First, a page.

Results

References 

Carvalho, D., Teixeira, S., Lucas, M., Yuan, T.-F., Chaves, F., Peressutti, C., Machado, S., Bittencourt, J., Menéndez-González, M., Nardi, A.E., Velasques, B., Cagy, M., Piedade, R., Ribeiro, P. and Arias-Carrión, O. (2013). The mirror neuron system in post-stroke rehabilitation. International Archives of Medicine, [online] 6, p.41. Available at:

https://www.ncbi.nlm.nih.gov/pmc/articles/PMC4016580/.

Choi, H.-S., Shin, W.-S. and Bang, D.-H. (2019). Mirror Therapy Using Gesture Recognition for Upper Limb Function, Neck Discomfort, and Quality of Life After Chronic Stroke: A Single-Blind Randomized Controlled Trial. Medical Science Monitor, 25, pp.3271–3278.

Claflin, E.S., Krishnan, C. and Khot, S.P. (2014). Emerging Treatments for Motor Rehabilitation After Stroke. The Neurohospitalist, [online] 5(2), pp.77–88. Available at: https://www.ncbi.nlm.nih.gov/pmc/articles/PMC4357600/.

Gandhi, D.B., Sterba, A., Khatter, H. and Pandian, J.D. (2020). Mirror Therapy in Stroke Rehabilitation: Current Perspectives. Therapeutics and Clinical Risk Management, Volume 16, pp.75–85.

Hatem, S.M., Saussez, G., della Faille, M., Prist, V., Zhang, X., Dispa, D. and Bleyenheuft, Y. (2016). Rehabilitation of Motor Function after Stroke: A Multiple Systematic Review Focused on Techniques to Stimulate Upper Extremity Recovery. Frontiers in Human Neuroscience, [online] 10(442). Available at: https://www.ncbi.nlm.nih.gov/pmc/articles/PMC5020059/.

Hoermann, S., Ferreira dos Santos, L., Morkisch, N., Jettkowski, K., Sillis, M., Devan, H., Kanagasabai, P.S., Schmidt, H., Krüger, J., Dohle, C., Regenbrecht, H., Hale, L. and Cutfield, N.J. (2017). Computerised mirror therapy with Augmented Reflection Technology for early stroke rehabilitation: clinical feasibility and integration as an adjunct therapy. Disability and Rehabilitation, 39(15), pp.1503–1514.

Jan, S., Arsh, A., Darain, H. and Gul, S. (2019). A randomised control trial comparing the effects of motor relearning programme and mirror therapy for improving upper limb motor functions in stroke patients. JPMA. The Journal of the Pakistan Medical Association, [online] 69(9), pp.1242–1245. Available at: https://pubmed.ncbi.nlm.nih.gov/31511706/ [Accessed 11 Feb. 2021].

King, D., Wittenberg, R., Patel, A., Quayyum, Z., Berdunov, V. and Knapp, M. (2020). The future incidence, prevalence and costs of stroke in the U.K. Age and Ageing, 49(2), pp.277–282.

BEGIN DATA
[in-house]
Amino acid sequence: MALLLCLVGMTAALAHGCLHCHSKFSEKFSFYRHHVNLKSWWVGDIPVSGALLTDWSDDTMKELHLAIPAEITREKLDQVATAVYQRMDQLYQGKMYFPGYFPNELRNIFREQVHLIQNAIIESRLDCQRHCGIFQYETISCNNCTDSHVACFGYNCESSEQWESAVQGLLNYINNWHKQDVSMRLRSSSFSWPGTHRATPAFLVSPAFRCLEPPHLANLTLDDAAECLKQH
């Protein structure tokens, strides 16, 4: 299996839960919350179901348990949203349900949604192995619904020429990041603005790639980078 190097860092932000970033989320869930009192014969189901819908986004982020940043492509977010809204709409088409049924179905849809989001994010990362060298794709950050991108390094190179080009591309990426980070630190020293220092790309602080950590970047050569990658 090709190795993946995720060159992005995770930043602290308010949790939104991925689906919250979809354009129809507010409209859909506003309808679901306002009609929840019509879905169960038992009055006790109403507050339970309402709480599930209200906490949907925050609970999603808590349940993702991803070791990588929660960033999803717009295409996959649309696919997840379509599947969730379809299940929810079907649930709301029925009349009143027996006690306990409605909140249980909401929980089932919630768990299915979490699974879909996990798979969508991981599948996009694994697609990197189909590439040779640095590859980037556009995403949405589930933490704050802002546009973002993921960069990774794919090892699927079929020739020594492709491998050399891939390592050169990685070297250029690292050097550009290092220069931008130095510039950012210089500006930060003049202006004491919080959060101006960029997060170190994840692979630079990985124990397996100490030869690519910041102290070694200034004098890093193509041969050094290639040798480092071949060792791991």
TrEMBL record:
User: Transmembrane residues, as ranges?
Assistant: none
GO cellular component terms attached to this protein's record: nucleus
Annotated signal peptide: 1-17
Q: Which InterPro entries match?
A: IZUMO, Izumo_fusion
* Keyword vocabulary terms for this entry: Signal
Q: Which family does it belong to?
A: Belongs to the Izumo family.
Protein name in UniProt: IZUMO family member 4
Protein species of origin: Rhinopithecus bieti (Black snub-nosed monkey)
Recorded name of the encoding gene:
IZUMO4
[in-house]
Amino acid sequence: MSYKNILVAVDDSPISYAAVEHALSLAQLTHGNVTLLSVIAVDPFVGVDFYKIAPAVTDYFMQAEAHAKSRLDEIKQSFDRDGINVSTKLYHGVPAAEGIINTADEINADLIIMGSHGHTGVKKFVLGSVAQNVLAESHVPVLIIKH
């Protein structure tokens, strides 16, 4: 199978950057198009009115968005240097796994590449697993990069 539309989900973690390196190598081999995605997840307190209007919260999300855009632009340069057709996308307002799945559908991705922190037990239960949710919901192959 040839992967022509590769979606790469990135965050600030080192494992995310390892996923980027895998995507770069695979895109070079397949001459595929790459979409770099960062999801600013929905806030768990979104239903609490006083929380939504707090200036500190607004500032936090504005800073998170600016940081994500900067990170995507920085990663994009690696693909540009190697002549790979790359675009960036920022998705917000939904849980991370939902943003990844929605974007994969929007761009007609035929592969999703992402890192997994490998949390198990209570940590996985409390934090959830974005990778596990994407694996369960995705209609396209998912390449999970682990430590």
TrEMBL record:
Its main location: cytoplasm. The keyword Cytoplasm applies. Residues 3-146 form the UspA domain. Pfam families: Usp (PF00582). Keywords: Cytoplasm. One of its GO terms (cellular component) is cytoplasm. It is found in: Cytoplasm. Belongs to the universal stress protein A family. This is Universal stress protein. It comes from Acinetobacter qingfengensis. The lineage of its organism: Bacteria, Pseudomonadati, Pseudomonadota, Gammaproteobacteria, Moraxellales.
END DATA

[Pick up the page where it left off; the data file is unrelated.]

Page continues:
Lim, K.-B., Lee, H.-J., Yoo, J., Yun, H.-J. and Hwang, H.-J. (2016). Efficacy of Mirror Therapy Containing Functional Tasks in Poststroke Patients. Annals of Rehabilitation Medicine, 40(4), p.629.

Madhoun, H.Y., Tan, B., Feng, Y., Zhou, Y., Zhou, C. and Yu, L. (2020). Task-based mirror therapy enhances the upper limb motor function in subacute stroke patients: a randomised control trial. European Journal of Physical and Rehabilitation Medicine, 56(3).

Mohanty, P. (2017). Effectiveness of Mirror Therapy in Rehabilitation of Hand Function in Sub-Acute Stroke. Palliative Medicine & Care: Open Access, [online] 4(2), pp.1–8. Available at:

https://pdfs.semanticscholar.org/8a96/2544e9f6cfdbf5e2f76706f36d7461bca0a9.pdf.

Nighoghossian, N. (2018). Potential of Mirror Rehabilitation Therapy in Stroke Outcome. Neuroscience, 390, p.317.

Park, J.-Y., Chang, M., Kim, K.-M. and Kim, H.-J. (2015). The effect of mirror therapy on upper-extremity function and activities of daily living in stroke patients. Journal of Physical Therapy Science, [online] 27(6), pp.1681–1683. Available at:

https://www.ncbi.nlm.nih.gov/pmc/articles/PMC4499960/.

Shih, T., Wu, C., Lin, K., Cheng, C., Hsieh, Y., Chen, C., Lai, C. and Chen, C. (2017). Effects of action observation therapy and mirror therapy after stroke on rehabilitation outcomes and neural mechanisms by MEG: study protocol for a randomised controlled trial. Trials, 18(1).

Thieme, H., Morkisch, N., Mehrholz, J., Pohl, M., Behrens, J., Borgetto, B. and Dohle, C. (2018). Mirror therapy for improving motor function after stroke. Cochrane Database of Systematic Reviews, [online] (7). Available at:

https://www.cochrane.org/CD008449/STROKE_mirror-therapy-improving-movement-after-stroke.